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Halima Aden: Hijab-Wearing Modest Fashion Model Steps Back from Modeling

halima aden hijab wearing model
photo curtsy of Modanisa


MILAN (AP) — Somali-American model Halima Aden has announced that she is taking a step back from the fashion industry. Aden explained that the pandemic slowdown has allowed her to see instances when her desire to maintain a hijab was not properly respected.

In a detailed Instagram story, Aden wrote this week that she was “not rushing back to the fashion industry” and that she had finally heard her mother’s pleas “to open my eyes.”

“My mom asked me to quit modeling a LONG time ago. I wish I wasn’t so defensive,’’ the 23-year-old model wrote. “Thanks to COVID and the breakaway from the industry I have finally realized where I went wrong on my hijab journey.’’

Aden became the first hijab-wearing model on the runways of Milan and New York, and has appeared on numerous magazine covers and in print campaigns.

Born in a refugee camp in Kenya, she moved to the United States with her family at age 7. She was the first Muslim homecoming queen at her high school in Minnesota. Aden was the first Somali student senator at her college. She also became the first hijab-wearing woman in the Miss USA Minnesota pageant.

Aden was spotted by IMG Models at the age of 18, and through her work further on, became known as the face of modest fashion at some of the world’s most famous fashion weeks as well as fashion houses.

In her Instagram posts, Aden detailed where she felt the religious covering hijab had been respected. She gave an example of a campaign for Rihanna’s Fenty beauty line when it had gone astray. There was as instance during the shooting when her head had been wrapped in jeans.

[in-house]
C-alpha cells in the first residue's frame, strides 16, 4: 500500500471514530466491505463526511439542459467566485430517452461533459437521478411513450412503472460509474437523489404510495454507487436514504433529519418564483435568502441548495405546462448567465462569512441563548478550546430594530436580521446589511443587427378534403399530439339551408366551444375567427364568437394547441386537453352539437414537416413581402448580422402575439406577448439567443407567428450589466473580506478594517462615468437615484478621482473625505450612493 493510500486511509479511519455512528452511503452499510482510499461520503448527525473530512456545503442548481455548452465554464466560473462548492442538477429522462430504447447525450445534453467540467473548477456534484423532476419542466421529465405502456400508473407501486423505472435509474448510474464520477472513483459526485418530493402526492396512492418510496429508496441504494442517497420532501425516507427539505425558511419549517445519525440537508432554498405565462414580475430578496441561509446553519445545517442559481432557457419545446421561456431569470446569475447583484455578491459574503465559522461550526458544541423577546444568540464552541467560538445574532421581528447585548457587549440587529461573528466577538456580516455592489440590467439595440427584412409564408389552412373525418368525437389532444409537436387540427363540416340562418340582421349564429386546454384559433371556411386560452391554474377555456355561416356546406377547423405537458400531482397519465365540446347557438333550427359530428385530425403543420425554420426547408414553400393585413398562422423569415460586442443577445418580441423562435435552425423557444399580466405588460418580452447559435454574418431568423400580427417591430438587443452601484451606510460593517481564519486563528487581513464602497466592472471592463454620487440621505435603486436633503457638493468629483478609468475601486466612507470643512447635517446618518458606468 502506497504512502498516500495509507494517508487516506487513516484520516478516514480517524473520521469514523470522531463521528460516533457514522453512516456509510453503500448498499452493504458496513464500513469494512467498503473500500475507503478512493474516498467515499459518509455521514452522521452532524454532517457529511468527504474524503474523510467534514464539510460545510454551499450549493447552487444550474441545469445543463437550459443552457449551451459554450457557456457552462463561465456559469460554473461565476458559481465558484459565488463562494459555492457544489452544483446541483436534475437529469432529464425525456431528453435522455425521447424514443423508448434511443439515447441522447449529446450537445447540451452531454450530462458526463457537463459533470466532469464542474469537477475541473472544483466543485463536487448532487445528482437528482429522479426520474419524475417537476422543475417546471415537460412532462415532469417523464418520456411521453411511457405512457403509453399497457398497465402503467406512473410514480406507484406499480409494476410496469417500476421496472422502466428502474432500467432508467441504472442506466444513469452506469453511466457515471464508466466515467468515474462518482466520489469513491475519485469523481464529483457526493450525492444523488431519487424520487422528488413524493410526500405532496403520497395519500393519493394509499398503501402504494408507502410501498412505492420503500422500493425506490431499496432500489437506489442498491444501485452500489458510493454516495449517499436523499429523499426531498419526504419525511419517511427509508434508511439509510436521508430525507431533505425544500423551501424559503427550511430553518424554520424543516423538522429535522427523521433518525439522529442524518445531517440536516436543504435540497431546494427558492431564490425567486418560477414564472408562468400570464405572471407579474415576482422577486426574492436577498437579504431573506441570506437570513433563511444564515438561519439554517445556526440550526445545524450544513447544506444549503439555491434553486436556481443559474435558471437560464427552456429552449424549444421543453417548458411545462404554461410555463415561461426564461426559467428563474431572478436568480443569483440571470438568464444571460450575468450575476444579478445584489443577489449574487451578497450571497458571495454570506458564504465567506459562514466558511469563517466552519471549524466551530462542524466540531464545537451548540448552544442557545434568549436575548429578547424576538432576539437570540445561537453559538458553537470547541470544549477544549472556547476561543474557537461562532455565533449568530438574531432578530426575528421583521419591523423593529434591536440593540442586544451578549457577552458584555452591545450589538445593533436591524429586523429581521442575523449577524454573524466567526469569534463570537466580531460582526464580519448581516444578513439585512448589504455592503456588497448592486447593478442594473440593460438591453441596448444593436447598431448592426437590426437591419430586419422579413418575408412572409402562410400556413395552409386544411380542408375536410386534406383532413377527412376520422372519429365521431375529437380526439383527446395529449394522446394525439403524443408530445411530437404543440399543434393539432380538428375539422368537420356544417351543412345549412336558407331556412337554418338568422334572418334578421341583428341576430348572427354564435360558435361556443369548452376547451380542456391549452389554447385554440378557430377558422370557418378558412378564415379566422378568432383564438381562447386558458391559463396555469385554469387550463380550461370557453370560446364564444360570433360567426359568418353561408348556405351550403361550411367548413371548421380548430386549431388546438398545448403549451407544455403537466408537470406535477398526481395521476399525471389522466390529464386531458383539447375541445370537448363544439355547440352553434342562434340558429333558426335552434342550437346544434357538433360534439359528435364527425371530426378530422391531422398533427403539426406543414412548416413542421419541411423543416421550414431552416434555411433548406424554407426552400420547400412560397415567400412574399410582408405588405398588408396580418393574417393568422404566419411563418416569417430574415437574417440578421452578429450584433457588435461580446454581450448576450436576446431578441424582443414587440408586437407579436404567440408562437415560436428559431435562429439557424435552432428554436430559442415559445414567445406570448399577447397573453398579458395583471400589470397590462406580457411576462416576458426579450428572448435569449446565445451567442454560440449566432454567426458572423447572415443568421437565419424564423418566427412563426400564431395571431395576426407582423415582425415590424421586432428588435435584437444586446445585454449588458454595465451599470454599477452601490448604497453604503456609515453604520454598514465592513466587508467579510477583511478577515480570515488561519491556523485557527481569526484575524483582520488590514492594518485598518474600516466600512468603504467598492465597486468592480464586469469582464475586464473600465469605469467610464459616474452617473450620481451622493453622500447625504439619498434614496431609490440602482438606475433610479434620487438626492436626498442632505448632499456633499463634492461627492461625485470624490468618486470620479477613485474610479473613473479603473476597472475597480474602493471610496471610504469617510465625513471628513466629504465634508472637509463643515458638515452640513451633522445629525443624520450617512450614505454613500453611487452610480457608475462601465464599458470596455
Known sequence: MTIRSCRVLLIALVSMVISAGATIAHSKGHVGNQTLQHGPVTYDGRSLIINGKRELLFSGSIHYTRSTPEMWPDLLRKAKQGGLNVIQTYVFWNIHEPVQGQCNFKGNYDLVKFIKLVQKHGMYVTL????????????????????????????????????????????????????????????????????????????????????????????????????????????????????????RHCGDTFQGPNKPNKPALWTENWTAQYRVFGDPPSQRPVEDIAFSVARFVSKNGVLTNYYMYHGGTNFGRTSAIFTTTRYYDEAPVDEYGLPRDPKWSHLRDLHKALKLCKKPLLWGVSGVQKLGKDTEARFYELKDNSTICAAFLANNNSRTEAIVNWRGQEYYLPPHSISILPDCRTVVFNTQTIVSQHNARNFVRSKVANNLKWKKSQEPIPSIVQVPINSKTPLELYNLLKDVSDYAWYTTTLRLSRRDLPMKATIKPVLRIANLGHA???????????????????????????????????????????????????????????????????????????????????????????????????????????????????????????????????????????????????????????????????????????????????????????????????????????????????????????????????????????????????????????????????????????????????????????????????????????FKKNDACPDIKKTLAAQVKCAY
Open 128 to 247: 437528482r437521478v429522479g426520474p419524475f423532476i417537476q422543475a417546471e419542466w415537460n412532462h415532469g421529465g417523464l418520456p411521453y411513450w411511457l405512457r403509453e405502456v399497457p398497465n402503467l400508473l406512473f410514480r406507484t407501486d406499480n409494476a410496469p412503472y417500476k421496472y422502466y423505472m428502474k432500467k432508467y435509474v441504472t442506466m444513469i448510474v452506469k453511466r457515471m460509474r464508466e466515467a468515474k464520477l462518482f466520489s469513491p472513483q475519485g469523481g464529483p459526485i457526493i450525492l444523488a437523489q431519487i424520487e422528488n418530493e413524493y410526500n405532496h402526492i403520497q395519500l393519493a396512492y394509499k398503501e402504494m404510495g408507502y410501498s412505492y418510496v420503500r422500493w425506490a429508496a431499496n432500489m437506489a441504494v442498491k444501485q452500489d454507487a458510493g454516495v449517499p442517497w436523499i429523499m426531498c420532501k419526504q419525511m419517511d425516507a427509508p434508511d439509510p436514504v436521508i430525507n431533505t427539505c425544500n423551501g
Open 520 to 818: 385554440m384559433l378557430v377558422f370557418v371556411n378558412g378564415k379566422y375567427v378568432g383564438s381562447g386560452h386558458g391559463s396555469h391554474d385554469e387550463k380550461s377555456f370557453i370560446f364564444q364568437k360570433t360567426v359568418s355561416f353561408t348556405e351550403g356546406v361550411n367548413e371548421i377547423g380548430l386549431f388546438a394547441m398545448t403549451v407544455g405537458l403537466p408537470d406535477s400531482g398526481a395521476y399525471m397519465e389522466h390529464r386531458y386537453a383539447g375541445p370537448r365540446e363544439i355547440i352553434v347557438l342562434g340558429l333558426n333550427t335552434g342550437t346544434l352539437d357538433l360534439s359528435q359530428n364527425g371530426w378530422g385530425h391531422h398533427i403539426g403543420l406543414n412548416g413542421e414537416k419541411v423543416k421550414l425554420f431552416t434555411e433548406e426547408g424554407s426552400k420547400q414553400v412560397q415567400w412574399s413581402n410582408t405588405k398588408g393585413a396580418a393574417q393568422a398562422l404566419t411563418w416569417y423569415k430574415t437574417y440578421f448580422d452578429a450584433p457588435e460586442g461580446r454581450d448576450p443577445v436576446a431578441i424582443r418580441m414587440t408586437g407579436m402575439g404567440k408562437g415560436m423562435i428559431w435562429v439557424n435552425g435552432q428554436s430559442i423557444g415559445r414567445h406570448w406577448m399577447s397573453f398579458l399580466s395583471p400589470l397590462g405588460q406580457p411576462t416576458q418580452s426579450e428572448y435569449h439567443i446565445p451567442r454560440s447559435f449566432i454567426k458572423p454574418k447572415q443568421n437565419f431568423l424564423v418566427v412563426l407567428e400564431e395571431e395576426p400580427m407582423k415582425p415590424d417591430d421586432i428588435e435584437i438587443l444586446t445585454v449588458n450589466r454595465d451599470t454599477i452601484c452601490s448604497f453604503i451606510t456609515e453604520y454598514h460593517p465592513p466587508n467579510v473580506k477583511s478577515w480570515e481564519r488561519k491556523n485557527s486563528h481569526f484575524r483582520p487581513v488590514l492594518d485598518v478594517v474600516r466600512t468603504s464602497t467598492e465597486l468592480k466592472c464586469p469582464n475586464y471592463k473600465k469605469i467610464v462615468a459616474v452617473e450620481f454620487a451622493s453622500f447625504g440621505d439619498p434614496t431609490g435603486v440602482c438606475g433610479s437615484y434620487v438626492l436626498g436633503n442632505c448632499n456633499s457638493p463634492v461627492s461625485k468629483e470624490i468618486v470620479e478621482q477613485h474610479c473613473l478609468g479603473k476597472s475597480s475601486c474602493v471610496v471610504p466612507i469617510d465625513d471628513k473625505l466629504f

“I was just so desperate back then for any ‘representation,’ that I lost touch with who I was,’’ she wrote on one post, and on another, wearing a crystal-encrusted headscarf. “I should have walked off the set because clearly the stylist didn’t have a hijab wearing woman in mind.”

She said her acceptance of situations that showed a lack of respect for her beliefs was due to a mixture of rebellion and naivete. “What I blame the industry for is the lack of MUSLIM stylists,” she wrote.

Aden was praised by a number of her fellow model peers, including Gigi and Bella Hadid and Leomie Anderson, who requested their followers to raise more awareness from Aden’s post.

“I had to make those mistakes to be the role model you can trust,” Aden wrote to her followers. “Remember, I had no one before me paving the way so mistakes are part of the learning experience. I did good, but that isn’t enough. We gotta have these conversations in order to change the system truly.”